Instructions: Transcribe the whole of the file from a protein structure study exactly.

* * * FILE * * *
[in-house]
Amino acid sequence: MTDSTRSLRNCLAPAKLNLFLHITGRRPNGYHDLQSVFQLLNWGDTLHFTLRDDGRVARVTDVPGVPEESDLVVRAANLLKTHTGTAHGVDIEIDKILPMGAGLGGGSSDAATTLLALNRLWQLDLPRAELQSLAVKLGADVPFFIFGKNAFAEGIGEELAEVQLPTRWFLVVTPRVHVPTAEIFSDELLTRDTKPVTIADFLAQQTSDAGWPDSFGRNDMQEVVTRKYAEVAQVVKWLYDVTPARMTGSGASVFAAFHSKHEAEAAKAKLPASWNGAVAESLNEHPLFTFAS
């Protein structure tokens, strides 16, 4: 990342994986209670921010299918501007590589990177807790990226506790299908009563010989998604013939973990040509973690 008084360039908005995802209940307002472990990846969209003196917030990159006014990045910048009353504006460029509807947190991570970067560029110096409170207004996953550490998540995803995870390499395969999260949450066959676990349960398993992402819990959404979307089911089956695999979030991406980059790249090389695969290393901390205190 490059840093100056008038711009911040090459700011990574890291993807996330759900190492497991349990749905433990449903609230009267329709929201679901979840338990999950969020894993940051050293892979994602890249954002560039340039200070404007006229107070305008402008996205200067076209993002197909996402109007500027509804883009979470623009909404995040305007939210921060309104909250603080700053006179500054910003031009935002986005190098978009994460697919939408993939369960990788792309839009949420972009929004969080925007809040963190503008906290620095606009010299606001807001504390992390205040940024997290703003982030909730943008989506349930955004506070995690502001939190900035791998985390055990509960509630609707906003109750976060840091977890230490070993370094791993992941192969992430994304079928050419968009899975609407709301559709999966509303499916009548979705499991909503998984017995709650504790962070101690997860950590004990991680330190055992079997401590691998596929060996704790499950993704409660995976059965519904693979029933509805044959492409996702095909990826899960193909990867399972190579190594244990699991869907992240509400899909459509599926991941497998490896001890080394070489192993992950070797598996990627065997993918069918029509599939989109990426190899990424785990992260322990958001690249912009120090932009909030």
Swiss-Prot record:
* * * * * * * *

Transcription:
[in-house]
Amino acid sequence: MTDSTRSLRNCLAPAKLNLFLHITGRRPNGYHDLQSVFQLLNWGDTLHFTLRDDGRVARVTDVPGVPEESDLVVRAANLLKTHTGTAHGVDIEIDKILPMGAGLGGGSSDAATTLLALNRLWQLDLPRAELQSLAVKLGADVPFFIFGKNAFAEGIGEELAEVQLPTRWFLVVTPRVHVPTAEIFSDELLTRDTKPVTIADFLAQQTSDAGWPDSFGRNDMQEVVTRKYAEVAQVVKWLYDVTPARMTGSGASVFAAFHSKHEAEAAKAKLPASWNGAVAESLNEHPLFTFAS
């Protein structure tokens, strides 16, 4: 990342994986209670921010299918501007590589990177807790990226506790299908009563010989998604013939973990040509973690 008084360039908005995802209940307002472990990846969209003196917030990159006014990045910048009353504006460029509807947190991570970067560029110096409170207004996953550490998540995803995870390499395969999260949450066959676990349960398993992402819990959404979307089911089956695999979030991406980059790249090389695969290393901390205190 490059840093100056008038711009911040090459700011990574890291993807996330759900190492497991349990749905433990449903609230009267329709929201679901979840338990999950969020894993940051050293892979994602890249954002560039340039200070404007006229107070305008402008996205200067076209993002197909996402109007500027509804883009979470623009909404995040305007939210921060309104909250603080700053006179500054910003031009935002986005190098978009994460697919939408993939369960990788792309839009949420972009929004969080925007809040963190503008906290620095606009010299606001807001504390992390205040940024997290703003982030909730943008989506349930955004506070995690502001939190900035791998985390055990509960509630609707906003109750976060840091977890230490070993370094791993992941192969992430994304079928050419968009899975609407709301559709999966509303499916009548979705499991909503998984017995709650504790962070101690997860950590004990991680330190055992079997401590691998596929060996704790499950993704409660995976059965519904693979029933509805044959492409996702095909990826899960193909990867399972190579190594244990699991869907992240509400899909459509599926991941497998490896001890080394070489192993992950070797598996990627065997993918069918029509599939989109990426190899990424785990992260322990958001690249912009120090932009909030």
Swiss-Prot record: